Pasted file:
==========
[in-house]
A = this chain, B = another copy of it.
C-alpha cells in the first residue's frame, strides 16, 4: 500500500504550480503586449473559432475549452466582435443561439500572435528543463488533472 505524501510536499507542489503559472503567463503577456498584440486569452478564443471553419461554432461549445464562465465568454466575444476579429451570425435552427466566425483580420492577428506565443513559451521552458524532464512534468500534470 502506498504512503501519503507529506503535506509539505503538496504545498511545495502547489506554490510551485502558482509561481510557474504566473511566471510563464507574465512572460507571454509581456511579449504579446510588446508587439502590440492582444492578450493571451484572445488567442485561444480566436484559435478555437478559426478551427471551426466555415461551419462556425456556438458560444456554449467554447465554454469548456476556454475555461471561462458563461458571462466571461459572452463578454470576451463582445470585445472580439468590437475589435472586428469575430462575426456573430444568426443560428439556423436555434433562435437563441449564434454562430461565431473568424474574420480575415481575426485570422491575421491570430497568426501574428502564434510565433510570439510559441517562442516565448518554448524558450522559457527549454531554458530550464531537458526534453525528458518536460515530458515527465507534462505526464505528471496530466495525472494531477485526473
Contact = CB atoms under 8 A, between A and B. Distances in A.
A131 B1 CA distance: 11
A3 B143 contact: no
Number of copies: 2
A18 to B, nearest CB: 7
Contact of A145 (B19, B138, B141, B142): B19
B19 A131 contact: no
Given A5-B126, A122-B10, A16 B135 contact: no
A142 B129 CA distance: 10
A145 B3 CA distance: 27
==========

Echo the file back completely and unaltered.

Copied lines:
[in-house]
A = this chain, B = another copy of it.
C-alpha cells in the first residue's frame, strides 16, 4: 500500500504550480503586449473559432475549452466582435443561439500572435528543463488533472 505524501510536499507542489503559472503567463503577456498584440486569452478564443471553419461554432461549445464562465465568454466575444476579429451570425435552427466566425483580420492577428506565443513559451521552458524532464512534468500534470 502506498504512503501519503507529506503535506509539505503538496504545498511545495502547489506554490510551485502558482509561481510557474504566473511566471510563464507574465512572460507571454509581456511579449504579446510588446508587439502590440492582444492578450493571451484572445488567442485561444480566436484559435478555437478559426478551427471551426466555415461551419462556425456556438458560444456554449467554447465554454469548456476556454475555461471561462458563461458571462466571461459572452463578454470576451463582445470585445472580439468590437475589435472586428469575430462575426456573430444568426443560428439556423436555434433562435437563441449564434454562430461565431473568424474574420480575415481575426485570422491575421491570430497568426501574428502564434510565433510570439510559441517562442516565448518554448524558450522559457527549454531554458530550464531537458526534453525528458518536460515530458515527465507534462505526464505528471496530466495525472494531477485526473
Contact = CB atoms under 8 A, between A and B. Distances in A.
A131 B1 CA distance: 11
A3 B143 contact: no
Number of copies: 2
A18 to B, nearest CB: 7
Contact of A145 (B19, B138, B141, B142): B19
B19 A131 contact: no
Given A5-B126, A122-B10, A16 B135 contact: no
A142 B129 CA distance: 10
A145 B3 CA distance: 27